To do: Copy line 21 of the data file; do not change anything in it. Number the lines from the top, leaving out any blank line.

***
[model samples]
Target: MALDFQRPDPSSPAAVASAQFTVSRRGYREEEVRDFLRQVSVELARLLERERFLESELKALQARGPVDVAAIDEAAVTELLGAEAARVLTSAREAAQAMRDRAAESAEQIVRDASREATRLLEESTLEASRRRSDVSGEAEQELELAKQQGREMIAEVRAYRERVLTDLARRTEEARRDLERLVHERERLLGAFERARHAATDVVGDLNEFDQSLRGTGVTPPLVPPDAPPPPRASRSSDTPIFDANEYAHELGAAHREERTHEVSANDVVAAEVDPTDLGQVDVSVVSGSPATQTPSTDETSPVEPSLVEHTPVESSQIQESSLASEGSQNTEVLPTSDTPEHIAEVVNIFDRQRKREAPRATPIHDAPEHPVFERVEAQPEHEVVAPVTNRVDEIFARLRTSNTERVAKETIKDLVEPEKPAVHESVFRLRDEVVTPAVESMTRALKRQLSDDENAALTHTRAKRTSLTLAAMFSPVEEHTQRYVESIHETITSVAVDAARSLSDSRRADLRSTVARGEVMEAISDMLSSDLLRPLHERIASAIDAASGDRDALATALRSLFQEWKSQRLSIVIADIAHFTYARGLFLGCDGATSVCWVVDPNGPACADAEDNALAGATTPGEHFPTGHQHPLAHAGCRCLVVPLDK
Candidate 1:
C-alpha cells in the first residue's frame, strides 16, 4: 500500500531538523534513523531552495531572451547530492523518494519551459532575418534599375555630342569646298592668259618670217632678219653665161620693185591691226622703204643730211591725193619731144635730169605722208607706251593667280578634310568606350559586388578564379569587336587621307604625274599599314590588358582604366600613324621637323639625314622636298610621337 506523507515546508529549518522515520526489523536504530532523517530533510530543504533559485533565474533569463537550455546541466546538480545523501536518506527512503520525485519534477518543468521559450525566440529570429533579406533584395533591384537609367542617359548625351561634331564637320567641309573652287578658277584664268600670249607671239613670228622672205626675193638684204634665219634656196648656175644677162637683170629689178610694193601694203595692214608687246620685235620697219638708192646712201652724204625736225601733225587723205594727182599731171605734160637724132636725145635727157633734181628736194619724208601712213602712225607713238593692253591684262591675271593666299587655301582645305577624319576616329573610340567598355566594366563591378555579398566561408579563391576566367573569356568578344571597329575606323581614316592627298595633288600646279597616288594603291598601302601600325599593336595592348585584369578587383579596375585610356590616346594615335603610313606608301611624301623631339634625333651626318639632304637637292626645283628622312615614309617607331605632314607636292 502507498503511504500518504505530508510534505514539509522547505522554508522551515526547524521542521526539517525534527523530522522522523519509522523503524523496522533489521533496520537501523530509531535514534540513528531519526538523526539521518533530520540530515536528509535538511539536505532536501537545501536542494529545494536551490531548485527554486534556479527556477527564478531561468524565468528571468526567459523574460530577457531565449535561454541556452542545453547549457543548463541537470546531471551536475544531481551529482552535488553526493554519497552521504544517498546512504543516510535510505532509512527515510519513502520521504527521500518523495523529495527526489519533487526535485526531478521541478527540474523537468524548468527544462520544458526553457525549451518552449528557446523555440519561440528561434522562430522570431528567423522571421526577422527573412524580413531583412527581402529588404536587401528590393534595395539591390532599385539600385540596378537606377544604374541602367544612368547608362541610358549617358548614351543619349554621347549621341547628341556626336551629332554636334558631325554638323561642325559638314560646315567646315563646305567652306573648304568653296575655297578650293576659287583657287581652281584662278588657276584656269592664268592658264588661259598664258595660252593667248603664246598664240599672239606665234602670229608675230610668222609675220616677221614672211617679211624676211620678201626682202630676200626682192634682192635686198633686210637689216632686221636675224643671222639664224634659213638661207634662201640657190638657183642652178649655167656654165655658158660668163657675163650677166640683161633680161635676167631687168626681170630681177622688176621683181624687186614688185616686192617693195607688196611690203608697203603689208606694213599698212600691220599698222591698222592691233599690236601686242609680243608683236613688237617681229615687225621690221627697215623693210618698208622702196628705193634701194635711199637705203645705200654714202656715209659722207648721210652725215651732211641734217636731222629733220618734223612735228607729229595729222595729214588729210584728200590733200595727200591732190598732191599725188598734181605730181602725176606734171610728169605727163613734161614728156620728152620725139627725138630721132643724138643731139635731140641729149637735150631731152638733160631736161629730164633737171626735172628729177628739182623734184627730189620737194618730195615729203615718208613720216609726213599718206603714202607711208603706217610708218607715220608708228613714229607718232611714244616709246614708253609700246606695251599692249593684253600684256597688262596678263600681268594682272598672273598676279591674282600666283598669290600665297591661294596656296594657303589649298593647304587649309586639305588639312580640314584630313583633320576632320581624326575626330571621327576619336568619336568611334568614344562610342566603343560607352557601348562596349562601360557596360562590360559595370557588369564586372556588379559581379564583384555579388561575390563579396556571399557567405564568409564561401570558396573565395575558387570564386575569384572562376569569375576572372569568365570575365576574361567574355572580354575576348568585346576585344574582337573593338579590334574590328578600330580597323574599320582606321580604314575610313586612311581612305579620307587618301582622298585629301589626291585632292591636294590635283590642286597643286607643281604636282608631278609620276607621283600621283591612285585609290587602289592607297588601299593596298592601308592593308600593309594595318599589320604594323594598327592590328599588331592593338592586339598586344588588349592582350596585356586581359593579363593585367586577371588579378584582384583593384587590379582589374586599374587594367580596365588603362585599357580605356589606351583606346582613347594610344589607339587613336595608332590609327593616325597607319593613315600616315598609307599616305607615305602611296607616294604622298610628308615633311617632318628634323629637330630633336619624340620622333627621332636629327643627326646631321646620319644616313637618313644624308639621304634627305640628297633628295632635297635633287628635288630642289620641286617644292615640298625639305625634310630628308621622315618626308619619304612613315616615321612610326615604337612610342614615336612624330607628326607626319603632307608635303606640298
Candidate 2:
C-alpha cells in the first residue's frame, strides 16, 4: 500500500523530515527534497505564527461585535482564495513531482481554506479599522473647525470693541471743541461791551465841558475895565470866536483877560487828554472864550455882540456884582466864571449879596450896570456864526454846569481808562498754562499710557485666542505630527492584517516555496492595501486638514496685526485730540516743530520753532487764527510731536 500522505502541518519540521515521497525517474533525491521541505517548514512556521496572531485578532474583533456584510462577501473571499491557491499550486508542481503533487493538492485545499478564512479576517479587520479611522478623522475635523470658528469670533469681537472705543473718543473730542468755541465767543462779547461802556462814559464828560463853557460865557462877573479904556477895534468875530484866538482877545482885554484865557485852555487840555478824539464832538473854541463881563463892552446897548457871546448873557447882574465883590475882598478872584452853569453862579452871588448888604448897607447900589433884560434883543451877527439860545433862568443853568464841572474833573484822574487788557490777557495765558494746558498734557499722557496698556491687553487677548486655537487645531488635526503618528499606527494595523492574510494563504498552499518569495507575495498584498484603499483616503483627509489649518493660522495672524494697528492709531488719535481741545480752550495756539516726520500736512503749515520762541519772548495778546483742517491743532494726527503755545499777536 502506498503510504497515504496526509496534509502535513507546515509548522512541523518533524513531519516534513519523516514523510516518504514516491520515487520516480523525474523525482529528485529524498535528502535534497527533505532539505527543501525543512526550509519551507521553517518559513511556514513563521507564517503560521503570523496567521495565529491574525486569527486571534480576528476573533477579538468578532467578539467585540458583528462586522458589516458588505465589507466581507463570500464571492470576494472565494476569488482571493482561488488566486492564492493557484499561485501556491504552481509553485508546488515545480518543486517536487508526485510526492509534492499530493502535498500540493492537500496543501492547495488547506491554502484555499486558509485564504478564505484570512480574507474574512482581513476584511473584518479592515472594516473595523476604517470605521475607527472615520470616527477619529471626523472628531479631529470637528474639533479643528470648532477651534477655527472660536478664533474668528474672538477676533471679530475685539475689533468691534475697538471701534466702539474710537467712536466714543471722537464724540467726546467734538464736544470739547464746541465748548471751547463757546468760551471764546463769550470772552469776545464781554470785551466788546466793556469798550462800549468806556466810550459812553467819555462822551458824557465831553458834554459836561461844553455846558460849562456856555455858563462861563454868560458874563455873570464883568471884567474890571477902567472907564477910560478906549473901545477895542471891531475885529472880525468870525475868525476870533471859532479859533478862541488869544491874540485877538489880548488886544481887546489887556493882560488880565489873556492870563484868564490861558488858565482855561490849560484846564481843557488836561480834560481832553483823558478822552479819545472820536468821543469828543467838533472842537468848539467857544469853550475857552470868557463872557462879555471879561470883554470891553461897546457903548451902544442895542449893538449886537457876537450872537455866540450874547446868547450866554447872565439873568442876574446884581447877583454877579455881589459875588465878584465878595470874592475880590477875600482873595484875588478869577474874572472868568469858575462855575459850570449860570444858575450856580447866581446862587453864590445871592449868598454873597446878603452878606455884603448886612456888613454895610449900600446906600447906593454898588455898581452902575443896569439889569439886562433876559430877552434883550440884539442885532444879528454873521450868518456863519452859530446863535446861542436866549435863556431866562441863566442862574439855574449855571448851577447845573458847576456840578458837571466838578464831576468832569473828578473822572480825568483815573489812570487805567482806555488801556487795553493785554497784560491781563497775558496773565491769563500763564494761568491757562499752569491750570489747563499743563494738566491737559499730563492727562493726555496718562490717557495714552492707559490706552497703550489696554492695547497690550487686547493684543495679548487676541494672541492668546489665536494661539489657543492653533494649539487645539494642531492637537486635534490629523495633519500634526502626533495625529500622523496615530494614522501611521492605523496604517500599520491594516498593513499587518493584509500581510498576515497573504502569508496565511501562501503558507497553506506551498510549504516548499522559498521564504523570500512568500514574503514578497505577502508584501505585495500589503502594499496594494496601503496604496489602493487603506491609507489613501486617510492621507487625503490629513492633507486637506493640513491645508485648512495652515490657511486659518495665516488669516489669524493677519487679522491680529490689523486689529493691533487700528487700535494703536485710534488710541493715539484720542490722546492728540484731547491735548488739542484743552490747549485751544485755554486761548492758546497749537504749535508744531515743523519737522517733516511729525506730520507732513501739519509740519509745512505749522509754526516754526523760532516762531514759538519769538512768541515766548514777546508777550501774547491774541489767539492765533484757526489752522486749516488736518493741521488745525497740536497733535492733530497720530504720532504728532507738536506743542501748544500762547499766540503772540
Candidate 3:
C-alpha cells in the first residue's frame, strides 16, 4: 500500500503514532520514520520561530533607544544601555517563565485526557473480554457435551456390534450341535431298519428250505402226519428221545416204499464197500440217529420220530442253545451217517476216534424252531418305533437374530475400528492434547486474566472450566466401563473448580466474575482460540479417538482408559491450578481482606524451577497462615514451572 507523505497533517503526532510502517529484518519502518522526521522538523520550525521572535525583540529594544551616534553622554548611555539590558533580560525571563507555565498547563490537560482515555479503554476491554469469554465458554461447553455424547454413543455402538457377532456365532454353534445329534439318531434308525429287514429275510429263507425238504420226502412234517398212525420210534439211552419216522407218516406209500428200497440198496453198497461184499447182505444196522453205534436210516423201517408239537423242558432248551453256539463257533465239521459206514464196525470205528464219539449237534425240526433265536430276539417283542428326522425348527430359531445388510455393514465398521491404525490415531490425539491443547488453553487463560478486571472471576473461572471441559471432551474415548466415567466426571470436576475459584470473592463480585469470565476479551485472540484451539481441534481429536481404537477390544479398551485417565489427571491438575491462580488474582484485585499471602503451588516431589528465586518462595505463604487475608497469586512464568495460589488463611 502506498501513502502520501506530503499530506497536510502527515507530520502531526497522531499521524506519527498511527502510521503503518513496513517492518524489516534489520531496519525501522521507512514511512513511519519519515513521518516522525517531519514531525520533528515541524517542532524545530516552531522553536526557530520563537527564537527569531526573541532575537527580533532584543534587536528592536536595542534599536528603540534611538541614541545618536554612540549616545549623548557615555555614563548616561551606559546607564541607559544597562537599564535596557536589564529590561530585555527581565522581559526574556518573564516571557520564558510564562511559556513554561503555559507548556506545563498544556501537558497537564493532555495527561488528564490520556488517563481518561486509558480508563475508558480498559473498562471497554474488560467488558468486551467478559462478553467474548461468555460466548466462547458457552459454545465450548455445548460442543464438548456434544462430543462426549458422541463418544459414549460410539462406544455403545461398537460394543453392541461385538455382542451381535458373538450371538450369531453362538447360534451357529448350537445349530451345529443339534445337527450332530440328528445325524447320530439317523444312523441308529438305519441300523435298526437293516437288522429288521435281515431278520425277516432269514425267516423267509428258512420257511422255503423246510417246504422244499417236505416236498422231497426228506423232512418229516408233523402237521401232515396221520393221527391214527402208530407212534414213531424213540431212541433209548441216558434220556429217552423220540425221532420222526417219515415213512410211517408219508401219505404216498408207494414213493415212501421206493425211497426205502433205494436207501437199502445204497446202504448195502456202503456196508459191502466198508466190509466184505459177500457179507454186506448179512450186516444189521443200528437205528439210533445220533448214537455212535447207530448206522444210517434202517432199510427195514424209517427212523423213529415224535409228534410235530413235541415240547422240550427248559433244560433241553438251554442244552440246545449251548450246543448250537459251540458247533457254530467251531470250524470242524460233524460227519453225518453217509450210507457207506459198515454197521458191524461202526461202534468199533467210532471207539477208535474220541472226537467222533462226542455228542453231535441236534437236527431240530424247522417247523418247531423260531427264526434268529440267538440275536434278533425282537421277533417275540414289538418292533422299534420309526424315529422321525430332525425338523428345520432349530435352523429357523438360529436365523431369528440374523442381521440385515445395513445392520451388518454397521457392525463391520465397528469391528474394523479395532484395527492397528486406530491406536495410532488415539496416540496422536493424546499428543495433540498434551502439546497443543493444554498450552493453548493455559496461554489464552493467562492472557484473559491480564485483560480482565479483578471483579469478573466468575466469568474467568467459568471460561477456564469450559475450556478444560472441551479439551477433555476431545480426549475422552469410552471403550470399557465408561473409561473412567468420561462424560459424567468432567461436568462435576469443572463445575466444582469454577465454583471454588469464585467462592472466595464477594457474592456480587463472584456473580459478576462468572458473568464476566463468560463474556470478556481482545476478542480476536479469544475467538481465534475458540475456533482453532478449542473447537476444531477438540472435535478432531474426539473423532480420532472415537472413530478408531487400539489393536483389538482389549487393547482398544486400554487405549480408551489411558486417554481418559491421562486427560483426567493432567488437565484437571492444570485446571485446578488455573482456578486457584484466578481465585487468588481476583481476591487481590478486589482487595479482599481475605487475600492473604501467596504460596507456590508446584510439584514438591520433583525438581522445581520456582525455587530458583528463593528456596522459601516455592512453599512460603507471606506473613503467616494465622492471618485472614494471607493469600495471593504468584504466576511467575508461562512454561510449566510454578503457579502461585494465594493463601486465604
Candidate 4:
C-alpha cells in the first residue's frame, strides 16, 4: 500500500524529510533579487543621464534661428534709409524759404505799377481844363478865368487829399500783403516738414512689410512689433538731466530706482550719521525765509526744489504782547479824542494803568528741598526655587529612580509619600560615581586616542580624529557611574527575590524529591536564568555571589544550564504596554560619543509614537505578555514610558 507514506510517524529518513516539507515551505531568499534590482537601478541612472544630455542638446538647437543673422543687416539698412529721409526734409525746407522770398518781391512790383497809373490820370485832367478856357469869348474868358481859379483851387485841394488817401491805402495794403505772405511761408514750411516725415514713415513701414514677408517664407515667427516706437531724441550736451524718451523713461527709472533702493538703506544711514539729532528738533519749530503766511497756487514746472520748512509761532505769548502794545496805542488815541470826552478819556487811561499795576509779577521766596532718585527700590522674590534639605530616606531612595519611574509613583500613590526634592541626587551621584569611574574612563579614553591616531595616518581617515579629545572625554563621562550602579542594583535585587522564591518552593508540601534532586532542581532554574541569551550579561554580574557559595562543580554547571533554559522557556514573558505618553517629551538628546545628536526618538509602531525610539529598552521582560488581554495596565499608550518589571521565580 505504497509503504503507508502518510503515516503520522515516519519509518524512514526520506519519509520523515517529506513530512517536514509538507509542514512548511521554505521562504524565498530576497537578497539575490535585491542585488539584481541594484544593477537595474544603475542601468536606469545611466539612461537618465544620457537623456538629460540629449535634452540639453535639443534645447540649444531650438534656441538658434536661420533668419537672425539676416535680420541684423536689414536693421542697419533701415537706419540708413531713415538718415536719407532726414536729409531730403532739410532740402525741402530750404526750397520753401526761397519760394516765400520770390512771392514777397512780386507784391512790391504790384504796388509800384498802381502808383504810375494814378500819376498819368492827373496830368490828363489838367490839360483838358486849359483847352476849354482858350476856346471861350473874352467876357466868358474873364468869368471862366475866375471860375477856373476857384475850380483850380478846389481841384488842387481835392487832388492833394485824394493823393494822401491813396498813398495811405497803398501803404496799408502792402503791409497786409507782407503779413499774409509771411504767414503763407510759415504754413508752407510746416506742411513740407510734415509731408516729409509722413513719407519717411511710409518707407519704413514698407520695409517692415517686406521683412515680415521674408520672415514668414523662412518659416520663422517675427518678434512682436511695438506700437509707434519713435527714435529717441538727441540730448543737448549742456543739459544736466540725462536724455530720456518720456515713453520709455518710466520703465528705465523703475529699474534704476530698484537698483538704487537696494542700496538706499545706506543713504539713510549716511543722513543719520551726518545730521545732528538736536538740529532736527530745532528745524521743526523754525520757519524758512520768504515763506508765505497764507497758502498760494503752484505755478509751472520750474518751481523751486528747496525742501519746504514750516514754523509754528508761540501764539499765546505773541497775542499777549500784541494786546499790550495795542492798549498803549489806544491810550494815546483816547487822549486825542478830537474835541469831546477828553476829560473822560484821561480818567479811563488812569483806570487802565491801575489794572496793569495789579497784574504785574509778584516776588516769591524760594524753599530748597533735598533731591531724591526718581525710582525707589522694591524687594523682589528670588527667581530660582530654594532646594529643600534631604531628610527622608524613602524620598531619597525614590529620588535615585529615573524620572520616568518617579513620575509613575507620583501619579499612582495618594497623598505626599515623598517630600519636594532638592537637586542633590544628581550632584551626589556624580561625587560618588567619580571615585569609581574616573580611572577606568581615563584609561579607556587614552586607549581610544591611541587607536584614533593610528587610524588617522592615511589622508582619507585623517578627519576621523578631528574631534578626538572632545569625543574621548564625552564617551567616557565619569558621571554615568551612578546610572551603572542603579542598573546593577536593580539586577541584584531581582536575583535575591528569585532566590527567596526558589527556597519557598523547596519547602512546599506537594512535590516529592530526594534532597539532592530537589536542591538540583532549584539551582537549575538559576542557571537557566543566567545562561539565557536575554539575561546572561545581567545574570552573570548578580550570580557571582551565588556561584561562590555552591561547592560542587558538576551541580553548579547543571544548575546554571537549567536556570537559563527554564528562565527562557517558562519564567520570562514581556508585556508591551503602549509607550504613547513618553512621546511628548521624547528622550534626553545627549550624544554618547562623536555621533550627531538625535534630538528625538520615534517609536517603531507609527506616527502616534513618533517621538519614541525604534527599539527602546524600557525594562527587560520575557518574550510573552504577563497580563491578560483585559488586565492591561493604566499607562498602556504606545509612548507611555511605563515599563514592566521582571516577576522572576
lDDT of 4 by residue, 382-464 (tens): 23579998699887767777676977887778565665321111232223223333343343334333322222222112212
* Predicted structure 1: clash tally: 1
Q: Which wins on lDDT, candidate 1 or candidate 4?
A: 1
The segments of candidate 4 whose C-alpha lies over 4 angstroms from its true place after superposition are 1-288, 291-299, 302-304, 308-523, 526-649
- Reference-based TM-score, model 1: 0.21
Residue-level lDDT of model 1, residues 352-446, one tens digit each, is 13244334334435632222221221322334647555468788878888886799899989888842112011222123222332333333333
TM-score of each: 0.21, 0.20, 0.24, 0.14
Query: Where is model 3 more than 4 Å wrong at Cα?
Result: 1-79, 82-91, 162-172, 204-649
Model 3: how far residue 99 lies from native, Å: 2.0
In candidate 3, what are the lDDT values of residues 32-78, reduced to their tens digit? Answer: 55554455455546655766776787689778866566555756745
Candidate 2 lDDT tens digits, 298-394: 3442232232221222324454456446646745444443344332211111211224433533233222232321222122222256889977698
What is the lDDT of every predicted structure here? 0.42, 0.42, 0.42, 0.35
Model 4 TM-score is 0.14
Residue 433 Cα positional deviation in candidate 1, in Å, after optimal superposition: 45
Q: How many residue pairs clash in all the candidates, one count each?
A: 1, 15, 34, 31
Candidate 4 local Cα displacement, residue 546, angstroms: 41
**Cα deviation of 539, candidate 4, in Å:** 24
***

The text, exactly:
Model 3: how far residue 99 lies from native, Å: 2.0